Internet Trolling

Keeping One Step Ahead of the Trolls

Internet TrollingTrolls, there are some tried and true ways of dealing with them. If you’re Gandolf, you trick them into arguing so long they turn to stone. If you’re a Billy Goat Gruff, you get your oldest brother to knock them into a river. And if you’re a Bergen, well, you just eat them.

But the options aren’t so simple if you’re a webmaster, and while dealing with an internet troll may not be as potentially dangerous as dealing with a hacker, they can still cause some serious damage to your brand if not dealt with quickly and efficiently.

Start by Arming Yourself

It’s tempting to go for a gun or sword on this step, but trust me, the retribution is much less satisfying after the manslaughter charges hit. No, you want to make sure you’re equipped for battle with a clear comment policy. I know… not as exciting, but it works.

A good policy not only lets users know what they can and can’t get away with, but should you need to ban someone or block them from commenting, you can point straight back to your rules when they cry foul. Ban people without a policy and you open yourself up to accusations of discrimination and favoritism. Let’s face it no one has time for that.

Keep Your Cool

Trolls feed on chaos. They don’t just try to mock a brand, they go a step further by trying to create arguments within your user base that can quickly explode. If the troll finds he or she isn’t being fed, they go lolloping off to another hunting ground. That said, the best possible response to a troll is to ignore it.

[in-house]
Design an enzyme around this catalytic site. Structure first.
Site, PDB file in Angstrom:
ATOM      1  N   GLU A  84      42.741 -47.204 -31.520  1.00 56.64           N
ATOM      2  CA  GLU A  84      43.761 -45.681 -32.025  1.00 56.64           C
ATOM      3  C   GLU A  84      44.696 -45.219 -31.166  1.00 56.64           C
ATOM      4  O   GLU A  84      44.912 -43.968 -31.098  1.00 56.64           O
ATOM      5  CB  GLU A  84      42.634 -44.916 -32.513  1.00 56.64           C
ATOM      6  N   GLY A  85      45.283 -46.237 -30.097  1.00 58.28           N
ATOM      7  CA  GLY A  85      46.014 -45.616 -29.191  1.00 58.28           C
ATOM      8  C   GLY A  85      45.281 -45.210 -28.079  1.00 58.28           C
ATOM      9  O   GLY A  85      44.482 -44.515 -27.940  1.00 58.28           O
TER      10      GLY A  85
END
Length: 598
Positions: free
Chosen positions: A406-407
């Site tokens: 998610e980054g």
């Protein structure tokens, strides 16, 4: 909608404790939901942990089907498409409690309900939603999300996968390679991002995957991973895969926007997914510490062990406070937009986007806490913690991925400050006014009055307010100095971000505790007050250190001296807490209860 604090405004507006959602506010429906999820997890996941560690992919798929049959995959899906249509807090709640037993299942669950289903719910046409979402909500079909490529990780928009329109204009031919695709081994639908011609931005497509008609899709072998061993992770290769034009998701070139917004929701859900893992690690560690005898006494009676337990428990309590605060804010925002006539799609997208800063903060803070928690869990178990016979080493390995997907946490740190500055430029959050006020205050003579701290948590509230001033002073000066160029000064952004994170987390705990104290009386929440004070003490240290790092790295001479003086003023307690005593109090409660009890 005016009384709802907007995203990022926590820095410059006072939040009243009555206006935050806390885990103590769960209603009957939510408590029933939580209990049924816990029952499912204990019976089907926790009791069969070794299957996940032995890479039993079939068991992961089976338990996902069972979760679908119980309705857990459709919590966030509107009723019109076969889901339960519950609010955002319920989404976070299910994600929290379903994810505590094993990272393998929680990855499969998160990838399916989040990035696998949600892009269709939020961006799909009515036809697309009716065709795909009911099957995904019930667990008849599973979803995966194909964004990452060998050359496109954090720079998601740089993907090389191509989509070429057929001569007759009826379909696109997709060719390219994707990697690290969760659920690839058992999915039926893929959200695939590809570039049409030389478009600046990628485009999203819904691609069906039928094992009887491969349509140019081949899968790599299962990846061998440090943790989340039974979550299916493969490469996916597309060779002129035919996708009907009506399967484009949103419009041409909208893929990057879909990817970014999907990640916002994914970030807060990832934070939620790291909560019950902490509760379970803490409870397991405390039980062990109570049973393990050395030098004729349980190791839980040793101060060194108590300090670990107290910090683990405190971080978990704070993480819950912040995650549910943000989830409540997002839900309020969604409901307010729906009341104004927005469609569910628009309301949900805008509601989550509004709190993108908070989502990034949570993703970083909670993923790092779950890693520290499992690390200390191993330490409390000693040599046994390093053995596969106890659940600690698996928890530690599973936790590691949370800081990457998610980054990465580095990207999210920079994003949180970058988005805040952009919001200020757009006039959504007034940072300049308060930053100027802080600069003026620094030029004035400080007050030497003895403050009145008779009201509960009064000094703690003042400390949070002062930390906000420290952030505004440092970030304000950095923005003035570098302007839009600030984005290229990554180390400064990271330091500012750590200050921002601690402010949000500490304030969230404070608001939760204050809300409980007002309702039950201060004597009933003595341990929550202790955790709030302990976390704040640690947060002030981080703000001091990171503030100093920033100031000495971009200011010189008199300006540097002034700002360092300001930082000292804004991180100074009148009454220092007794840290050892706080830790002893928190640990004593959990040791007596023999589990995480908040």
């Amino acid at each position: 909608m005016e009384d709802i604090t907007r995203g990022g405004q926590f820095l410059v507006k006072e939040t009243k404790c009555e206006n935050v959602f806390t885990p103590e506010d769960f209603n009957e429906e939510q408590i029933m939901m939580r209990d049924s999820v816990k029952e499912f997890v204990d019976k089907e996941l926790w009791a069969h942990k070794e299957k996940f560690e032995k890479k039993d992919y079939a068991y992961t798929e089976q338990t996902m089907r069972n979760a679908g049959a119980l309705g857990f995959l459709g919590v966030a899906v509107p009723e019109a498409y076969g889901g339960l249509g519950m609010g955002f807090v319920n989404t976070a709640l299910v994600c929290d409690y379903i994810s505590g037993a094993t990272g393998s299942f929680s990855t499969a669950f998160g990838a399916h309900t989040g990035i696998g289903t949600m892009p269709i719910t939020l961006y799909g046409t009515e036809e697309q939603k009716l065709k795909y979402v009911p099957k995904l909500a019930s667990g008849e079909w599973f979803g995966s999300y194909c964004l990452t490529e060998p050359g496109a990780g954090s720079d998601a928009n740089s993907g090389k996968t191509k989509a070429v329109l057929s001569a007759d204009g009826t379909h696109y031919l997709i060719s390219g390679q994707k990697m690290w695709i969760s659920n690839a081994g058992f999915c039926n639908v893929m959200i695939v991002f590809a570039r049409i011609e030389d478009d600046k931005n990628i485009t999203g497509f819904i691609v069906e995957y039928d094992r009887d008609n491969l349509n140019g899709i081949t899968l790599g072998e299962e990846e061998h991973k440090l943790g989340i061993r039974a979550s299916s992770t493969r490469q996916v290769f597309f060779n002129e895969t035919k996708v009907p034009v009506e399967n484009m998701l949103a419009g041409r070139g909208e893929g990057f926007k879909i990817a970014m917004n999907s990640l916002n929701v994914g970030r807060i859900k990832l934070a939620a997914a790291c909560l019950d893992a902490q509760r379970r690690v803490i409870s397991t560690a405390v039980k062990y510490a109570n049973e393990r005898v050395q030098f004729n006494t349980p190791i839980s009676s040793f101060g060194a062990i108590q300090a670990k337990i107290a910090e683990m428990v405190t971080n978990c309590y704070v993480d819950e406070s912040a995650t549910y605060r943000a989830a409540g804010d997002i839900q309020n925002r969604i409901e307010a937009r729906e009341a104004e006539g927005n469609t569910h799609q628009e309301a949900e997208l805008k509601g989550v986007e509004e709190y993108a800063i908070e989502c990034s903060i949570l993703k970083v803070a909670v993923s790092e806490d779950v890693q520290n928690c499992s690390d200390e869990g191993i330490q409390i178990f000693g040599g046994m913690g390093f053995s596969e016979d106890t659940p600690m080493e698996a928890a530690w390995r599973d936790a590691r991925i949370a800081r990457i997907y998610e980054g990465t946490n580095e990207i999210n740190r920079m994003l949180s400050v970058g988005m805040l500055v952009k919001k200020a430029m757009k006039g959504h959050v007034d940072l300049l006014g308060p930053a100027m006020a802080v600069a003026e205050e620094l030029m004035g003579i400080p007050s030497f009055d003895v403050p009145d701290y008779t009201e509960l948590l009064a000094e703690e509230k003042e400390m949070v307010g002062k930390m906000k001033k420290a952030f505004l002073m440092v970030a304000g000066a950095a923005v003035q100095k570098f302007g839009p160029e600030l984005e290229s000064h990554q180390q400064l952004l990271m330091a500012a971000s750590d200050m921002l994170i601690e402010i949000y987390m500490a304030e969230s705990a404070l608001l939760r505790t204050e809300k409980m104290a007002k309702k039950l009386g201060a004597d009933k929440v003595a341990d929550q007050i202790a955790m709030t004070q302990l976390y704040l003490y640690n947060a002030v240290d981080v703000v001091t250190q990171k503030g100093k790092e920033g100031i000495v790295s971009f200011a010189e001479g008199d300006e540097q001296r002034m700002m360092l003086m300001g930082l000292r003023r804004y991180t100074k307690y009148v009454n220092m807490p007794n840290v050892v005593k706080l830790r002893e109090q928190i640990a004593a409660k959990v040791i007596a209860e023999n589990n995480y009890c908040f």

According to one Pew Research poll, 83% of internet users who chose to ignore online harassment felt that their decision improved their situation.  As an admin, though, you can’t always ignore them, but you don’t necessarily have to respond to them. Hide their comments on Facebook, block them from your page, just try not to engage them directly.

But I Have Such A Fantastic Comeback!

There has been the rare occasion where a brand responds back to a troll with such well-thought clapback that the entire internet stands up and cheers. The fast-food chain Wendy’s has built an entire online brand around their sarcastic responses (check out some of the highlights here). And that’s great for a brand… if you can pull it off. But the moment the conversation goes south or your responses start to get emotional, you’ve lost the gamble, and prepare to pay. Unless you’re feeling very confident in your tete a tete game, best to just let it go.

What If They Start Picking on Someone Other Than Me?

This is important. If the trolls are attacking you, and you can take it, great. But the moment they start attacking your customers, you need to jump into action. Establish a zero-tolerance policy for threats, bullying, slurs, and other harassment, and keep your comment section well moderated so that your customers feel safe.

And Never Call Out the Other Brands

Nine times out of ten, this does not go well. A good rule of thumb is just to pretend that other brands don’t exist. Don’t mention them in your comments, don’t call them out, don’t compare yourself to them. Stick to the facts about your business alone, otherwise you run the risk of just looking tacky.

Questions? Ready to Get Started?

If you have questions or would like to get started, please give us a call at (312) 834-7787 or visit our website to request a free quote and consultation.